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Friday, 4 March 2011

Budget gives more than required - Ministers' Pay?

In March 2007 while the Budget was debated, I wrote to TODAY regarding benchmarking of top civil servants and Ministers' salaries. That was several months after the 2006 Election and then our Govt increased the pay of top civil servants and Ministers.

Specifically in the conclusion of my letter (Reference #01), I wrote :-

"Perhaps, a new benchmark should have another factor linked to how much the average Singaporeans' real income and quality of living has improved. Thus, if the life of the average Singaporean improves, so will the pay of ministers and top Government servants."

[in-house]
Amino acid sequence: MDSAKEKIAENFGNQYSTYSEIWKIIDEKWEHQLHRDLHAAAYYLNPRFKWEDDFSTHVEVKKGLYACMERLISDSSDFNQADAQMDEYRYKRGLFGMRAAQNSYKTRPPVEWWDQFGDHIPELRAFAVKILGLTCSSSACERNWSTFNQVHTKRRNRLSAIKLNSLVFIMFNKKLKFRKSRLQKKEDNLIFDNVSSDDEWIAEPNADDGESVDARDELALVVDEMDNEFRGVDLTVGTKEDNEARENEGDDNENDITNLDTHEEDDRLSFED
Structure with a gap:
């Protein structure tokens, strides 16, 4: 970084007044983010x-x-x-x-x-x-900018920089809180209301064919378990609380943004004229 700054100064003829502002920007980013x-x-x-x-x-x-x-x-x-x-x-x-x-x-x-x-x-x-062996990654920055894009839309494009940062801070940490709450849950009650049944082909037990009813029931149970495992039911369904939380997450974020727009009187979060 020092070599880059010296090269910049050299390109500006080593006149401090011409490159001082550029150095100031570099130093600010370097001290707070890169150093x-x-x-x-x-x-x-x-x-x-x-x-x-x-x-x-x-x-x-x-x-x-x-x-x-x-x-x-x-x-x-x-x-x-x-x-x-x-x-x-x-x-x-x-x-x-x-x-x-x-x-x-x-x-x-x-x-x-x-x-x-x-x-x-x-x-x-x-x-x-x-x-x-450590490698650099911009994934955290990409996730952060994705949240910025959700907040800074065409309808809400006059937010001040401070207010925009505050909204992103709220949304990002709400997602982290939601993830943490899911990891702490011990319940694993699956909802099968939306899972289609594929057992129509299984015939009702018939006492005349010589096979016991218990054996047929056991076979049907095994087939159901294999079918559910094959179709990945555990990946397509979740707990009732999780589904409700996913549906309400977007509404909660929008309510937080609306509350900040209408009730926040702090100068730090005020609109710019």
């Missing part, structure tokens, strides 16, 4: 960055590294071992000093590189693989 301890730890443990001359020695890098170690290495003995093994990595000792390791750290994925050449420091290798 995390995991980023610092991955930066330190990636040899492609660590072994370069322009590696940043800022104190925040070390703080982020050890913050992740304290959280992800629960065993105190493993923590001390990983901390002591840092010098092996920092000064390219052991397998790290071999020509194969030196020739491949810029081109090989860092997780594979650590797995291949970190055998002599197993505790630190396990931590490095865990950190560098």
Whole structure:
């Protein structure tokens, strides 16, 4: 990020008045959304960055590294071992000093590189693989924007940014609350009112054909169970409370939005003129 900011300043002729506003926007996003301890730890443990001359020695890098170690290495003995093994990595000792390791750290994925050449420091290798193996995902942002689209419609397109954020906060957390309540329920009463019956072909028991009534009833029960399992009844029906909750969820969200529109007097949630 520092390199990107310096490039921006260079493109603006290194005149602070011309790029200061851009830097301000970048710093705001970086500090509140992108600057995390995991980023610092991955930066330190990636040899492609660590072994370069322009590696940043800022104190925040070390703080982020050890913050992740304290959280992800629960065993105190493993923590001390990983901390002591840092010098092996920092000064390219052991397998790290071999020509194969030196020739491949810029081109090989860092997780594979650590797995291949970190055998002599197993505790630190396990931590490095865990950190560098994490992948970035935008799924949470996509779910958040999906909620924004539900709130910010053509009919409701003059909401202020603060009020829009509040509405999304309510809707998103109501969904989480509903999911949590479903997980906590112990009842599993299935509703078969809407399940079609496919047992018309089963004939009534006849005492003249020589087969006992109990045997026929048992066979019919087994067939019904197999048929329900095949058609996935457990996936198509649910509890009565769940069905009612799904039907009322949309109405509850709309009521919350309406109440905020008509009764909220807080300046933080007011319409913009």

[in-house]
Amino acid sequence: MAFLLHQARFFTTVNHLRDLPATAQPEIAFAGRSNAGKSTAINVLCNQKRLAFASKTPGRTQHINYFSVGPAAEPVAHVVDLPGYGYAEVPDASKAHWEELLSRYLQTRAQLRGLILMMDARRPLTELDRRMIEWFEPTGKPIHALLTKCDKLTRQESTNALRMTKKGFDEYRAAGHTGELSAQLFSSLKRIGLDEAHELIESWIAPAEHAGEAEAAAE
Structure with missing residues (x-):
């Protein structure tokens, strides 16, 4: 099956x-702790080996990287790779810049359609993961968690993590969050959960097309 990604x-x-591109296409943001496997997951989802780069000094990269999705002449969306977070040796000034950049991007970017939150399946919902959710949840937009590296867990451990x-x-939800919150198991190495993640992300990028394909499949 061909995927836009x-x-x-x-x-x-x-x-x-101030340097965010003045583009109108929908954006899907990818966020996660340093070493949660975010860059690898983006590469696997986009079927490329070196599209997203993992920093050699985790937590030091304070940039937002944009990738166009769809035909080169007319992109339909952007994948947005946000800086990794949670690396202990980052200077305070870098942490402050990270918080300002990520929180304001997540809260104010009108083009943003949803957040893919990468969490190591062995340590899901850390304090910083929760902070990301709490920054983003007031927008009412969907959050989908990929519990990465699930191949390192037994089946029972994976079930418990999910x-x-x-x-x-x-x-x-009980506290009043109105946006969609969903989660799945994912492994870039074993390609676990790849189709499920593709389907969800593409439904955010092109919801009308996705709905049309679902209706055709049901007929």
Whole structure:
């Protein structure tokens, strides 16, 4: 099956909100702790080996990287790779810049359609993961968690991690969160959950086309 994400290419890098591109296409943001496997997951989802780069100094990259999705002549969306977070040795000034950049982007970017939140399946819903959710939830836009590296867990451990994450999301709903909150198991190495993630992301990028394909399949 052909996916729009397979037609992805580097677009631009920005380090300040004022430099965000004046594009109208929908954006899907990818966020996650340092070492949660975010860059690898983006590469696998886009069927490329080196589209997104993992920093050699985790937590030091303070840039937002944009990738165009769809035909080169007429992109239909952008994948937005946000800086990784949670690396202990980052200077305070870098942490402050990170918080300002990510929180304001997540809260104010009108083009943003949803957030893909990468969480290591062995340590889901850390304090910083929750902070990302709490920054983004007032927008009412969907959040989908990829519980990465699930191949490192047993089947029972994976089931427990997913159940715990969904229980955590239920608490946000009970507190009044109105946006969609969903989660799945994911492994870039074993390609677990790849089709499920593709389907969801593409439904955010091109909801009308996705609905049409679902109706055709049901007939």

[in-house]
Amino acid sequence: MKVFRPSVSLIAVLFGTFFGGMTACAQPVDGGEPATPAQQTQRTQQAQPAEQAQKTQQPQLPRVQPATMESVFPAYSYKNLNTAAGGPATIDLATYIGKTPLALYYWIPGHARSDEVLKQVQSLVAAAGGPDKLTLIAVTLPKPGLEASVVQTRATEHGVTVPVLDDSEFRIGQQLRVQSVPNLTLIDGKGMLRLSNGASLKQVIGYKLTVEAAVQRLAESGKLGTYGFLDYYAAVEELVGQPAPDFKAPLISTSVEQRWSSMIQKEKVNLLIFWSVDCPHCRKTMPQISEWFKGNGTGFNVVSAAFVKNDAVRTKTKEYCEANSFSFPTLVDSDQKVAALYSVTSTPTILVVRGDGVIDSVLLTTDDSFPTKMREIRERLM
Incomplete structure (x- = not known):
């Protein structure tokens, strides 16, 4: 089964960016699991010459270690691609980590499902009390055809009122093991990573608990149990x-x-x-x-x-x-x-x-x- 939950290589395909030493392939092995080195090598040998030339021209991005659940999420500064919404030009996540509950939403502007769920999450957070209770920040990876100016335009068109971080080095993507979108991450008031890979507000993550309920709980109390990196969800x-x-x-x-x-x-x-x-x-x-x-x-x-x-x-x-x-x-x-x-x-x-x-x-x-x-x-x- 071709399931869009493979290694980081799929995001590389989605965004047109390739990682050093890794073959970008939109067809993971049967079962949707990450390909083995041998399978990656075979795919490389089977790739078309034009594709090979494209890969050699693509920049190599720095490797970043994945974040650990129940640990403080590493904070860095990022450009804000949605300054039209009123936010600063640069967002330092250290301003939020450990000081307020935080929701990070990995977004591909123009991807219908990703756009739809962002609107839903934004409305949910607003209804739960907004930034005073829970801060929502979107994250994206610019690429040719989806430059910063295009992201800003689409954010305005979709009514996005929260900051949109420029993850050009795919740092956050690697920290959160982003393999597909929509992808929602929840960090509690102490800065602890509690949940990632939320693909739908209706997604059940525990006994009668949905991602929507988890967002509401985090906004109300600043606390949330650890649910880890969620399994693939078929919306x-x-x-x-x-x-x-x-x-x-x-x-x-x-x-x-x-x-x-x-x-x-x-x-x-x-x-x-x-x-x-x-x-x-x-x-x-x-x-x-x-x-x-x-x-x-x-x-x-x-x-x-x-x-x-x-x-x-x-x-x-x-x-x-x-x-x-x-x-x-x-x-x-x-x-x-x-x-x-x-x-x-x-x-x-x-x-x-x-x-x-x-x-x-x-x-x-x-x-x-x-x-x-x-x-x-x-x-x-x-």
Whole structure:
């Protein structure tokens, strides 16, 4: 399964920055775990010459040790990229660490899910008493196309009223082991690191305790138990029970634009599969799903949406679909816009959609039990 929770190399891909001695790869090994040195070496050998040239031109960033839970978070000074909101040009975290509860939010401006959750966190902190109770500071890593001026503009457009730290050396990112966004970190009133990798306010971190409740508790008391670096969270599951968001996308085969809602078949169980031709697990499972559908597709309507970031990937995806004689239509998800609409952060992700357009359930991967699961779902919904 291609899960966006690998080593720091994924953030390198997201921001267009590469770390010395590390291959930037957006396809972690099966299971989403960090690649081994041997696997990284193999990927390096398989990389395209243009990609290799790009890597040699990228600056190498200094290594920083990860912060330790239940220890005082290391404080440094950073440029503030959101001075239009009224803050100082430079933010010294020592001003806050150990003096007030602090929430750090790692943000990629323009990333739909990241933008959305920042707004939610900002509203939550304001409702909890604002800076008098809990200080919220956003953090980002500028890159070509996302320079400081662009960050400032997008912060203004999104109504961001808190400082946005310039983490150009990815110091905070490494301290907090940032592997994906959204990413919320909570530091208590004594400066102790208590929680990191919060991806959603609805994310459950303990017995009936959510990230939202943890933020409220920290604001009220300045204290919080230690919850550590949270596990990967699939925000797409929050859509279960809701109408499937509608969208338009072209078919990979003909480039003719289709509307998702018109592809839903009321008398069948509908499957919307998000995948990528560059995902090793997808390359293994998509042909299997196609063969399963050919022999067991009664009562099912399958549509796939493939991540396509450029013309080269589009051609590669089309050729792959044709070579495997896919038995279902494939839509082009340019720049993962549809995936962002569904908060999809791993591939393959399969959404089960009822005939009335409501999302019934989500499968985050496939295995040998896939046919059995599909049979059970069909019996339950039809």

On Monday, Opposition leader Low Thia Khiang also referred to the salaries of political leaders during the Budget Debate. Mr Low noted a 30-per-cent increase in FY2010 in the estimated salary for political appointments.

"Unfortunately, the incomes of Singaporeans do not grow 30 per cent just like that," Mr Low added.

In contrast, just imagine the Govt now trying to "increase real income by 30% over the next 10 years" for Singaporeans by boosting national productivity by 2~3% annually. Let me repeat, it is over "10 years" not in "1" year.  Is our real income improving and our quaility of life any better?